This video about Guatemala and the United Fruit Company.
By D. Lencho:
Jury awards damages to Central American Dole workers
23 November 2007
A jury in Los Angeles Superior Court has awarded close to $6 million to six workers in a lawsuit against corporate giants Dole Fresh Fruit Co. and Dow Chemical Co. The suit was filed in 2004 by 12 Central American men who worked at a Dole banana plantation in Nicaragua during the 1970s. The workers claimed they were made sterile by exposure to a Dow pesticide used by Dole.
On November 5, the jury found in favor of six of the plaintiffs and awarded them $3.3 million in compensatory damages. The following week, on November 15, the jury awarded $2.5 million in punitive damages to five of those six workers.
Another co-defendant, Amvac Chemical Corp., had settled for $300,000 before the trial.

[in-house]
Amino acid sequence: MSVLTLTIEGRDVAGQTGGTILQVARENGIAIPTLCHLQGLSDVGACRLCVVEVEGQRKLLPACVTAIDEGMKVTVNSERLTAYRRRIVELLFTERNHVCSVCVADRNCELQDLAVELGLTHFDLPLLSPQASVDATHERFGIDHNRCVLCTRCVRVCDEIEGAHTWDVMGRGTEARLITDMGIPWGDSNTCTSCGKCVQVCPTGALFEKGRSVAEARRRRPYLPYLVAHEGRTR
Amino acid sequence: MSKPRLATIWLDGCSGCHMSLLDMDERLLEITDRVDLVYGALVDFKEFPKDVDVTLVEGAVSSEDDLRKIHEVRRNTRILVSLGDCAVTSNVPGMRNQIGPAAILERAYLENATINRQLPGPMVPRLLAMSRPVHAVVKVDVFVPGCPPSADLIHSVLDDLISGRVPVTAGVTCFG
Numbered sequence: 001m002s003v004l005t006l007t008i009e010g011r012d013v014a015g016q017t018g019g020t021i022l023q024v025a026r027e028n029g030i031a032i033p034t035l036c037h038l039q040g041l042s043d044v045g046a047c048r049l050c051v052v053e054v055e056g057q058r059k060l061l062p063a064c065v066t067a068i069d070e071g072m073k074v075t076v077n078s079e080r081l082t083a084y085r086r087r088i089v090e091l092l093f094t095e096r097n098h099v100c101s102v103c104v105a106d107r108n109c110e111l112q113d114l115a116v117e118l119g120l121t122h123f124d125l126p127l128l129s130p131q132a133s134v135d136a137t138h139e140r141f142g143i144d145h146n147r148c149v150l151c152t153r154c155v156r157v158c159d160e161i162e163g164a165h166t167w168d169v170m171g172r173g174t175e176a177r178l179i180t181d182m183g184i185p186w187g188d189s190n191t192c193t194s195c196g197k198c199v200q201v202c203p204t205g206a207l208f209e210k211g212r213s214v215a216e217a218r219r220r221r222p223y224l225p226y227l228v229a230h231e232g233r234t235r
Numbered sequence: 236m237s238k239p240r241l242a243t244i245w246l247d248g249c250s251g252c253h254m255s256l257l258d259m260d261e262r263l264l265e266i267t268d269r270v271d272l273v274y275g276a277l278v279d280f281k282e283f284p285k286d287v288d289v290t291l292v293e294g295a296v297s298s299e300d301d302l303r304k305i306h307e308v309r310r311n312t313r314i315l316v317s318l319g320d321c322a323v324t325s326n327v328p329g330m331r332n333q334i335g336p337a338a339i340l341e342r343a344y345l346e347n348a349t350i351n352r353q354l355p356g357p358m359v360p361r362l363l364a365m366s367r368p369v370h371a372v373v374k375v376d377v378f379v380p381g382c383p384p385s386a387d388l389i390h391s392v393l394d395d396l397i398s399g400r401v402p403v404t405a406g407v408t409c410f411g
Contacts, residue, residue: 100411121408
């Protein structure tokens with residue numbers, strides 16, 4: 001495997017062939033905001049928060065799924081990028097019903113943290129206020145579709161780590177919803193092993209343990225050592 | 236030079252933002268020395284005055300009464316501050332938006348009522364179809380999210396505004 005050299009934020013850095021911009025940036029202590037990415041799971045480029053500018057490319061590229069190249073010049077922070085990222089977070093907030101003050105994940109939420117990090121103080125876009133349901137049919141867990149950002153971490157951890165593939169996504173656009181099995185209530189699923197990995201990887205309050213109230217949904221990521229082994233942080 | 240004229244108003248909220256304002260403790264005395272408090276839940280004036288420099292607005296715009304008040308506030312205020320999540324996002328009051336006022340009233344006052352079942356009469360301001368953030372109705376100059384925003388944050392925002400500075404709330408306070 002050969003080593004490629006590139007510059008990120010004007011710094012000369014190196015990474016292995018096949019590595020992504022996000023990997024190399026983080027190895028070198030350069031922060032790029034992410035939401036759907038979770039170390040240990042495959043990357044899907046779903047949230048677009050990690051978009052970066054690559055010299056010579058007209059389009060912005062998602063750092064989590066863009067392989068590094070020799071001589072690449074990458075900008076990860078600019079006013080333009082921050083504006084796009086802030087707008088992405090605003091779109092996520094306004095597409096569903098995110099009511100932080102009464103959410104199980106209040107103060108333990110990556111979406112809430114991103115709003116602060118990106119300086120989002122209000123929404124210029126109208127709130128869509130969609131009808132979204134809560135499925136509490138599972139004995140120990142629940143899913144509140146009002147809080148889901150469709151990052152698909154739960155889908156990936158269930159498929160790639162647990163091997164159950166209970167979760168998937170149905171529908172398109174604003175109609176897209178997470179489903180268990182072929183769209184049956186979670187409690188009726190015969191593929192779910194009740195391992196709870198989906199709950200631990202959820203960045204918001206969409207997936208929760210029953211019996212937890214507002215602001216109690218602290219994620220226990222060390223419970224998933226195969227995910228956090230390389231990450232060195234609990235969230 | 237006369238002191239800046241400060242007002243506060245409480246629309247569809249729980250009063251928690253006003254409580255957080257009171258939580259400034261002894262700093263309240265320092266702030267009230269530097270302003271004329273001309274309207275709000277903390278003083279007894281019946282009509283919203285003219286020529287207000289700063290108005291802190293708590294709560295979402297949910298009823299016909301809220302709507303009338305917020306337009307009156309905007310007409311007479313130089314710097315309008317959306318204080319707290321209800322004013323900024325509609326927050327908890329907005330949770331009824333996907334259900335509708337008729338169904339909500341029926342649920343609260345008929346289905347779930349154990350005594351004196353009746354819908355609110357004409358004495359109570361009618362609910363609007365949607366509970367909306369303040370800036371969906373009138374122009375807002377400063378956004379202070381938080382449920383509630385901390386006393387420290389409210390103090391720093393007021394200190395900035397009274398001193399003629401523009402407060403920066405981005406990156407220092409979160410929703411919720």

The pesticide, dibromochloropropane, or DBCP, is used to kill microscopic worms on the roots of the banana trees. In the 1970s, a number of workers who worked with DBCP at Dow’s processing plant in Midland, Michigan, were diagnosed as sterile. However, under the threat of a breach of contract suit, Dow continued to supply Dole’s foreign operations with DBCP. It was eventually banned in 1977 due to findings that it caused cancer in animals and sterility in humans.
The jury found that Dole failed to provide the six workers with information or protective gear, thus maliciously harming them.
See also here.
The true history of Dole, banana plantations, chemical pesticides and human suffering: here.